In a new publication we make a case for investing in large marine ecosystems based on the future value of recovered fish stocks. If successful we will solve one of the most pressing problem facing our oceans which is how to bridge the economically challenging transition period required to rebuild and maintain sustainable fisheries. This is part of a larger WWF global Smart Fishing initiative centred on our work on Grand Banks.Raising the ‘‘Sunken Billions’’: Financing the transition to sustainable fisheries. Robert W. Rangeley & Robin W.D. Davies. 2012. Marine Policy 36: 1044–1046. A b s t r a c tLong-term investment to drive the adoption of precautionary, adaptive and resilience-building fisheries management measures is urgently required, especially given the financially difficult transition period to reach sustainable fisheries. In this paper a case for investing in the recovery of large marine ecosystems is provided based on the future value of recovered fish stocks. It is argued that the current market-based sustainable seafood movement alone will not affect the scale of change needed and must be complemented by investment in fundamental conservation measures that will lead to the recovery of marine ecosystems and promote long-term sustainable use. A rationale for addressing the economically challenging transition period is provided and the basis of a new financial institution to finance the measures necessary for realising the economic, social and environmental benefits of large scale fisheries reform is proposed.
year 1900 where fish production is expressed as tons of fish per km2 where red is >11 tons and light blue is less than 1 ton. Recovery would move in this direction from the levels of depletion estimated to have occurred by the year 2000.
My starting point is where Robin left off explaining the concept of the FIRME model. Recall that the main purpose of the model, that we dubbed the “FIRME”, is to help drive recovery and sustainable fishery use of marine ecosystems through Implementation of Conservation management measures. The assumption is that this will result in Growth of Ecosystem Services.So, we are trying to make a case for investing in the recovery of large marine ecosystems based on the future value of recovered fish stocks with our first pilot -- the Grand Banks.I’ll show some steps involved to date.
for a living planet Raising the ‘Sunken Billions’: Financing the transition to sustainable fisheries* Dr. Robert Rangeley WWF-Canada 2012 Social Finance Forum: Measuring up* Robert W. Rangeley & Robin W.D. Davies. 2012. Marine Policy 36: 1044–1046.
WWF’s Fisheries Financing StrategyObjective: Generate new, long-term, and diversified sourcesof revenue for fisheries conservation. Grand Banks PilotWWF Global Initiatives Creating Sustainable Investment Standards Reform fisheries subsidies (eliminate subsidized overfishing) Develop investments for fisheries reform & ecosystem recovery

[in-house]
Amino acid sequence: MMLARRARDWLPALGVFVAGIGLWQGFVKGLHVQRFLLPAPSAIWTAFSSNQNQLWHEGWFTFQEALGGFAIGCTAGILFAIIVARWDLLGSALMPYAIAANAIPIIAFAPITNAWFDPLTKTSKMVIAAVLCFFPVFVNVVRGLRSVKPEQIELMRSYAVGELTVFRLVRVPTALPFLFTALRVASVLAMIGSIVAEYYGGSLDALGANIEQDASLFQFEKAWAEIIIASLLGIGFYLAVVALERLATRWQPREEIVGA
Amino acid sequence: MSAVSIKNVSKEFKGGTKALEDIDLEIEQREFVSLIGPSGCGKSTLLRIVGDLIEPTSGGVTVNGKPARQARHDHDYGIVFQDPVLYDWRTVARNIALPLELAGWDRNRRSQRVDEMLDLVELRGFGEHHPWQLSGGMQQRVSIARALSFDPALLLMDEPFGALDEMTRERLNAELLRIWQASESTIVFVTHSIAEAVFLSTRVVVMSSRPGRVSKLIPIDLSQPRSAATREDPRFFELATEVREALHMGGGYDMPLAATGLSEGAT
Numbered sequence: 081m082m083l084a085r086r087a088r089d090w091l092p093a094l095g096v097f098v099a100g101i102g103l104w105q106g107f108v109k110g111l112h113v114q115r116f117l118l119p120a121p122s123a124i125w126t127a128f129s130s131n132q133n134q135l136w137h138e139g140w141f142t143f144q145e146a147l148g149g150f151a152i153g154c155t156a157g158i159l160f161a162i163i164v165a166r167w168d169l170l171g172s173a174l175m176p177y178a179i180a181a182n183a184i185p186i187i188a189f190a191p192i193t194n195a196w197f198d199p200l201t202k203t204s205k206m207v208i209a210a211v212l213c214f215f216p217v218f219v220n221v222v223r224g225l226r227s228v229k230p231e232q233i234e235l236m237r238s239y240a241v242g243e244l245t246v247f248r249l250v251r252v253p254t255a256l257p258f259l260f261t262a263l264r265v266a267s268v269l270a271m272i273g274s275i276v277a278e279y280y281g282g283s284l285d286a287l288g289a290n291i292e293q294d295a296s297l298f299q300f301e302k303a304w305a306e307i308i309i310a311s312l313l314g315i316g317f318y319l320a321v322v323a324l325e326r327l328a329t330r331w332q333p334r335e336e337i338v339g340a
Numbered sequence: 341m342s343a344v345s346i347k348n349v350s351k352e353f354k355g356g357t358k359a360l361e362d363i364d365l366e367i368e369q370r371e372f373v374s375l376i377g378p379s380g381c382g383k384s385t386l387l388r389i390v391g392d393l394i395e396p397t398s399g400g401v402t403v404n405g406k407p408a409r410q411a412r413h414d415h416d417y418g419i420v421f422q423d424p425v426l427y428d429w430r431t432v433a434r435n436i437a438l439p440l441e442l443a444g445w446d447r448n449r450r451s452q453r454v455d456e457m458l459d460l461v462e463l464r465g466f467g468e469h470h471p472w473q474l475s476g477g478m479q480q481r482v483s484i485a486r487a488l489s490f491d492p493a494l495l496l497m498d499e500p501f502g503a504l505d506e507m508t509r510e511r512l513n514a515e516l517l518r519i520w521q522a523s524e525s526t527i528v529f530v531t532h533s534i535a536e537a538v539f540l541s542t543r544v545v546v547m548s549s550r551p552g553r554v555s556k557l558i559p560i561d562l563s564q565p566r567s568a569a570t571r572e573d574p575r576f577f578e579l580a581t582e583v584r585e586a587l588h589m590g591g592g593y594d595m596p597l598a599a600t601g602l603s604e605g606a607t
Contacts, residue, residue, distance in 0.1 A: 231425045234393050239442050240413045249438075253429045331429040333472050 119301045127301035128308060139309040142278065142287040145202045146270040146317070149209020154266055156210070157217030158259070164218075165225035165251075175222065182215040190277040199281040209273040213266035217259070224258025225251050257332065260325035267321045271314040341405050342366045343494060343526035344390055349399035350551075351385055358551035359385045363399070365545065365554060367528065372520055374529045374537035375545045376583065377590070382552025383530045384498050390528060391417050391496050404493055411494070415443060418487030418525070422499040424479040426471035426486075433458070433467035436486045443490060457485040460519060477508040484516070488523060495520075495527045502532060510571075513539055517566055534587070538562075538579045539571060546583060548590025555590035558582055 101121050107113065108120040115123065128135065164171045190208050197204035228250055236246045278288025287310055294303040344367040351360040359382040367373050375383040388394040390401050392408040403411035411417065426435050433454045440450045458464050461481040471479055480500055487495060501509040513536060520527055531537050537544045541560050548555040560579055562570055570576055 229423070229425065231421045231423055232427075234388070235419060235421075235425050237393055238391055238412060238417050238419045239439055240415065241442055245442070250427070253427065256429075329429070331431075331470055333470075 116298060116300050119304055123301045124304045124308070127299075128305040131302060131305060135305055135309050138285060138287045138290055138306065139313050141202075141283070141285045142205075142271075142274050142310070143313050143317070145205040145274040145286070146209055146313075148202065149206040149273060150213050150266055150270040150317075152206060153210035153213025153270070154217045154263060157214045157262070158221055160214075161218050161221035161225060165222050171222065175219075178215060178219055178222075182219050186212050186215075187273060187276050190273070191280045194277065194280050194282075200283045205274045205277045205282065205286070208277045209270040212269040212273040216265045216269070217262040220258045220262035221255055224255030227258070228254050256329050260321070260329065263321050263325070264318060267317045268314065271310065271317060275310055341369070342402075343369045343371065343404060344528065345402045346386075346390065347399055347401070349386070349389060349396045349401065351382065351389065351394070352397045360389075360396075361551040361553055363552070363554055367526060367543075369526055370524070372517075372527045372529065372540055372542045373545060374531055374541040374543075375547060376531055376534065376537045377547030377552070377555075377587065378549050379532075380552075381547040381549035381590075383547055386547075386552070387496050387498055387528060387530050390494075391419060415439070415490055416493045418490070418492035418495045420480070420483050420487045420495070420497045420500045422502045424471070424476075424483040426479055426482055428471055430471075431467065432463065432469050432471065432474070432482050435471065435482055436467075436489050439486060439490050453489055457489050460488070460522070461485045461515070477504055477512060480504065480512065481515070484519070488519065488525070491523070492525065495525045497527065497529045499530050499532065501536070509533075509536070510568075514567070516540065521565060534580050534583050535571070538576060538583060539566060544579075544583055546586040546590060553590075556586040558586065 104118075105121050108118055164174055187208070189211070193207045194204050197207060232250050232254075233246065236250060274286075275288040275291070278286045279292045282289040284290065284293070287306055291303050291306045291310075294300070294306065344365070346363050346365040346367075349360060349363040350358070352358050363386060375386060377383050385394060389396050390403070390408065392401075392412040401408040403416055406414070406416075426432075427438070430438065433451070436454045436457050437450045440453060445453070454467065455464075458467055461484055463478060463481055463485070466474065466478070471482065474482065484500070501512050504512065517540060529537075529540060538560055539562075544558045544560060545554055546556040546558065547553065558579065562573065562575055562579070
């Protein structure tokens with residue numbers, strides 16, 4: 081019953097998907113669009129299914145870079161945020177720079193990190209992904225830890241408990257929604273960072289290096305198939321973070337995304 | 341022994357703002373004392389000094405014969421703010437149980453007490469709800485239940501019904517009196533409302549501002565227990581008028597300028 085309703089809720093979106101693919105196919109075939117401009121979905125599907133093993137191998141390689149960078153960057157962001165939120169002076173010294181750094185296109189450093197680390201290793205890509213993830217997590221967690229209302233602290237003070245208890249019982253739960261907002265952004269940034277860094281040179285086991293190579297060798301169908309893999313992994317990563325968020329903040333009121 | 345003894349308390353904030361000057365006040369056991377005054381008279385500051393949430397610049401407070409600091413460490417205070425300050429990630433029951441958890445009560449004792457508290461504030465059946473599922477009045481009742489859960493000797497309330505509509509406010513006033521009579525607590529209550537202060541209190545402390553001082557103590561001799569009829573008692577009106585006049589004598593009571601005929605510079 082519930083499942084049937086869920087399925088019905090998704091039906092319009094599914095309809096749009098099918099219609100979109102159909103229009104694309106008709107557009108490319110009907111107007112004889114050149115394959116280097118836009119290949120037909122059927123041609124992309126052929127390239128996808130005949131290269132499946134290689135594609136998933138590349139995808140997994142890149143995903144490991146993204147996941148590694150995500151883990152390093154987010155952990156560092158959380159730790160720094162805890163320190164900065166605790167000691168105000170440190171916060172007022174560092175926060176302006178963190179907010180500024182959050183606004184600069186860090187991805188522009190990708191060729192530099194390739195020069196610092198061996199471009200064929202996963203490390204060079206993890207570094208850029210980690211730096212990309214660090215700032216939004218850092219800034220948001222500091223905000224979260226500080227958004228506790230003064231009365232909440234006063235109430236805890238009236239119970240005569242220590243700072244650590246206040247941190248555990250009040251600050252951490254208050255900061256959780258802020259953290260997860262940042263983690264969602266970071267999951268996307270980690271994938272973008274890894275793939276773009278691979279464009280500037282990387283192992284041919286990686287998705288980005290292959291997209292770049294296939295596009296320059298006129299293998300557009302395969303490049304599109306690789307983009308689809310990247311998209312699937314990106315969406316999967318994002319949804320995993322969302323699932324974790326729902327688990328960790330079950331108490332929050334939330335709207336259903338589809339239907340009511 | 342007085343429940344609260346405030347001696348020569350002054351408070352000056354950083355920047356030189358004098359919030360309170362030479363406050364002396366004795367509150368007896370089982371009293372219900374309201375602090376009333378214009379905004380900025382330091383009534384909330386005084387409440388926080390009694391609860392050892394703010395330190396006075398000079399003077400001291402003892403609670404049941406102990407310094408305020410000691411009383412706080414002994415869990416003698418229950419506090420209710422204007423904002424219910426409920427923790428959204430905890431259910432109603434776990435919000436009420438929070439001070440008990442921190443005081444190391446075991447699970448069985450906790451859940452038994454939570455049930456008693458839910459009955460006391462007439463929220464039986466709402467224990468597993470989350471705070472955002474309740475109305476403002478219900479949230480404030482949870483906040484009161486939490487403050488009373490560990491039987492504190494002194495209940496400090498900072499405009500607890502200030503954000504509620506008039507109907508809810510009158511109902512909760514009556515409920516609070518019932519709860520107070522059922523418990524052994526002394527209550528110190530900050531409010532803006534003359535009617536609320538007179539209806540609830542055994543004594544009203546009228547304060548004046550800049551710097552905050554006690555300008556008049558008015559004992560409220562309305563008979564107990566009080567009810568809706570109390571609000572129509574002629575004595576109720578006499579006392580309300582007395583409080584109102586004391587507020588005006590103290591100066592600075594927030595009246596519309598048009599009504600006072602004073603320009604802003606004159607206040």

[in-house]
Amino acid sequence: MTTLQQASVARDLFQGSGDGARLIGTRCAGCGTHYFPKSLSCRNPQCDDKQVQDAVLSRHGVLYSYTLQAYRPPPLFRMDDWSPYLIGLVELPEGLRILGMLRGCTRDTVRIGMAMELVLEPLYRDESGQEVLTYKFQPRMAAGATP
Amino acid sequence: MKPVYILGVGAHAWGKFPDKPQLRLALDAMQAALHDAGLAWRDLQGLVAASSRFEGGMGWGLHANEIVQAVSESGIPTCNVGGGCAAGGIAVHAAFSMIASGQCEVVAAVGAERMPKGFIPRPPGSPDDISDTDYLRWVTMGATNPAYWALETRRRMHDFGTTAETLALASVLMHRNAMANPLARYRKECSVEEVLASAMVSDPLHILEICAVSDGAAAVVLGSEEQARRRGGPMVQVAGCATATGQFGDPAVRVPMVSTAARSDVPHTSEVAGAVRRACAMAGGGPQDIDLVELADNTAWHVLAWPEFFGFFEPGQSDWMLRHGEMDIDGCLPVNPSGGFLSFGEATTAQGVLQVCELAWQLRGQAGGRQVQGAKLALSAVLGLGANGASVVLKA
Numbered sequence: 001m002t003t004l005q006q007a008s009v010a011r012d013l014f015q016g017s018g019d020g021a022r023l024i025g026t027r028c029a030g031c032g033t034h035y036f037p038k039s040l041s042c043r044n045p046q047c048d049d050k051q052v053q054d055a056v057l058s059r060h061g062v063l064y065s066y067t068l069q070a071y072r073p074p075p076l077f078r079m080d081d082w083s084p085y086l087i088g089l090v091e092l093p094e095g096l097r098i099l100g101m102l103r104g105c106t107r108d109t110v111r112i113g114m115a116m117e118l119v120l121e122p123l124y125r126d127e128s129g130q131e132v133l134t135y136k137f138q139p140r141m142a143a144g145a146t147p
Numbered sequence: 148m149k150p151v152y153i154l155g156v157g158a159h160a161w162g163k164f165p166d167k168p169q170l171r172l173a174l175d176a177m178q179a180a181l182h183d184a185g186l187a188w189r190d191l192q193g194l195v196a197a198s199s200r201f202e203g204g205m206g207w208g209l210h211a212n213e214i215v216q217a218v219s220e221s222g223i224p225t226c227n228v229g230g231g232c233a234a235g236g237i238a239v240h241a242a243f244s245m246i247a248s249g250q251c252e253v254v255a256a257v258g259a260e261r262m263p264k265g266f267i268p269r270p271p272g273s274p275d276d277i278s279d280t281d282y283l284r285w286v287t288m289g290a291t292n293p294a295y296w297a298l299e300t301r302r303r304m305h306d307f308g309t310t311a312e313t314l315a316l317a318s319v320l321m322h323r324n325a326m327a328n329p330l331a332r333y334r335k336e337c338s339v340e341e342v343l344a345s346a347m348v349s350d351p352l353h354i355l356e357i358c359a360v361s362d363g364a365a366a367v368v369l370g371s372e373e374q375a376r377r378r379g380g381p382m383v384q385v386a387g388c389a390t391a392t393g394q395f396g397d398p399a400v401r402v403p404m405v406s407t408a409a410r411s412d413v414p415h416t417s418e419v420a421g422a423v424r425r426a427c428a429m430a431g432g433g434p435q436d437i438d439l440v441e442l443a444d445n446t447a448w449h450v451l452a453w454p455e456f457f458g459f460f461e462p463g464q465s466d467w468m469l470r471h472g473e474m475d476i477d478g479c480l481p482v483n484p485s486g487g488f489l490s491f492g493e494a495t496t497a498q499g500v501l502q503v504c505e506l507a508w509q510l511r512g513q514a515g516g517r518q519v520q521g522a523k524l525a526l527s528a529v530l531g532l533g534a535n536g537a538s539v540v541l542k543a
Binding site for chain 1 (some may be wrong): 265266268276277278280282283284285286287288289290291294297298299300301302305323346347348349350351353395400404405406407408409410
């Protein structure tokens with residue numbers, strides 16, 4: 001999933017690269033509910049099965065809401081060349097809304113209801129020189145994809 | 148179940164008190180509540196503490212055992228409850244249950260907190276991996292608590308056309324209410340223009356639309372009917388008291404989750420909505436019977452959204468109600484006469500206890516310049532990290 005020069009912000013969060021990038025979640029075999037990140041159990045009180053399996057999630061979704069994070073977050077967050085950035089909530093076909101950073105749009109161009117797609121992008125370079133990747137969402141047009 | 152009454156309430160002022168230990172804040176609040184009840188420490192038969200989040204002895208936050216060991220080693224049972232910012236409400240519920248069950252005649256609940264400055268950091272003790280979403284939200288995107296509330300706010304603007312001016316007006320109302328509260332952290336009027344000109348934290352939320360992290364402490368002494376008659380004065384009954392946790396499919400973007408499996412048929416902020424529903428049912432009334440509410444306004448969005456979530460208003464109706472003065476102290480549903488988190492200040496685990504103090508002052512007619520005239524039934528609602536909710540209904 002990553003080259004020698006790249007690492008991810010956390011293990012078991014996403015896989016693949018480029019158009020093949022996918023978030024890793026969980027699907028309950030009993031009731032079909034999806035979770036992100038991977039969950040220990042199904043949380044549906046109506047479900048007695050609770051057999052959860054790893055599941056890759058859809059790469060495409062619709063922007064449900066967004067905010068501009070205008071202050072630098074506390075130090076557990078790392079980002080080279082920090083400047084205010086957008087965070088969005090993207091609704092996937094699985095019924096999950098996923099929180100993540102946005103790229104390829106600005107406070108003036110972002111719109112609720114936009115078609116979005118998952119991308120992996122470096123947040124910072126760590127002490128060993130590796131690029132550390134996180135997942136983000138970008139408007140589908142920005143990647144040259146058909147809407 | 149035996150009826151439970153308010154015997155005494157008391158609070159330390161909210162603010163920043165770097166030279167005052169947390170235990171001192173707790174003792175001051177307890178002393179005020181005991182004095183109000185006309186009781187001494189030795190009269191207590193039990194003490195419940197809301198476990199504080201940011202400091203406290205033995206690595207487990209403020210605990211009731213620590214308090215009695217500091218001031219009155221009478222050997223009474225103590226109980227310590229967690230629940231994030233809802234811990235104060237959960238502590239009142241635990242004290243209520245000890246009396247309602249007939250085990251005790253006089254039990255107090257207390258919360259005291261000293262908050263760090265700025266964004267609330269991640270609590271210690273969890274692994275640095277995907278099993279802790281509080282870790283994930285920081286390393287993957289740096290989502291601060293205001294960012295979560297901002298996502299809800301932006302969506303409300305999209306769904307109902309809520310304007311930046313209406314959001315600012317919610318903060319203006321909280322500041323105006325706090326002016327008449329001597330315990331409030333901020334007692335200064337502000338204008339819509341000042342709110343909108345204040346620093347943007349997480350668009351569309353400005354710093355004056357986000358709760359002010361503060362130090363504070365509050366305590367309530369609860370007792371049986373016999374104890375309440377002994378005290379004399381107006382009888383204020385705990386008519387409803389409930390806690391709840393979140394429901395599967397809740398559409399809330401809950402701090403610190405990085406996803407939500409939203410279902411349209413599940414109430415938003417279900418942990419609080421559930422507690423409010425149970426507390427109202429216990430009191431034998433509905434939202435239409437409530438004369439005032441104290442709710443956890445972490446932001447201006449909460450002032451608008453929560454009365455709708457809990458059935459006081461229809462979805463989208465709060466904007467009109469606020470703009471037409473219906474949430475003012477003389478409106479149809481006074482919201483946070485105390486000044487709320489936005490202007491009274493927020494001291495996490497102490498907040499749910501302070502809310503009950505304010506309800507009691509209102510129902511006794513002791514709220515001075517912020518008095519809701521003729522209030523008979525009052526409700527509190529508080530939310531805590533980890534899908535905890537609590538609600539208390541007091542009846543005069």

Problem: Current Practices are UnsustainableDemand Supply 2.6 billion people 85% depleted, fully or overexploited $100b industry 38% decline in fisheries abundance demand increasing $50b lost per year population growth increasing Production could meet future demand demand for sustainable seafood Biodiversity benefits are 10-100 times increasing the cost of maintenance Fish in the year 1900 Fish in the year 2000 Christensen et al. 2003, Fish & Fisheries
Solution: Investing in Nature Sunken Billions: One estimate put the Returns value of recoveredValue fisheries of the Grand Security Banks ecosystem at $1 Socio- billion per year. economic Profitability Fisheries Productivity Ecosystem Recovery Investment 5 Time
Our Work: WWF & Banking on Cod Groundwork: We’ve done the basic research, published papers and consulted widely. Fishery Stakeholder relations: Range from harvesters and processors - small and corporate scale, to local and national experts, as well as government agencies. There’s a growing interest in the social value of the work, in addition to the economic benefits. Strategic Initiatives: e.g. Fisheries improvement projects; Smart gear competitions Goal: to create a self-sustaining financial institution that will complement the economic incentives created by sustainable seafood markets. In the first proposed pilot, the Grand Banks of Newfoundland, WWF is building a case for investing based on the future value of recovered fish stocks.
Model: Financial Institution for Recovery of Marine Ecosystems Enable fisheries and INVESTORS BUSINESS ecosystems to recover PLAN by providing financial FiSHERY security to fishermenENTERPRISES and businesses that FIRME depend on it. $ $ Intermediary providing RETURN ON LOAN loans to be repaid INVESTMENT when a fishery returns to profitability. Board and expert committees keeping an eye on the long-term GROWTH IN IMPLEMENTATION ECOSYSTEM OF MANAGEMENT recovery goals. SERVICES MEASURES Will recycle its capital and pay interest from RECOVERY & the additional allocation SUSTAINABILITY of catches when production increases.
Challenge: The Right Scale New and innovative financing could be applied to Grand Banks recovery. BUT, conservation takes time, so capital would have to be patient and expectations need to be reasonable. SO, how do we scale-up the initiative? If we start too small, it could take too long to achieve meaningful impact and financial returns. Very large initial deals may fail to attract investment for an untested initiative.Key Question: What should an early win look like and howcould it be quickly leveraged within the pilot and to otherregions?
Thank YouDr. Robert Rangeley, WWF CanadaRRangeley@WWFCanada.org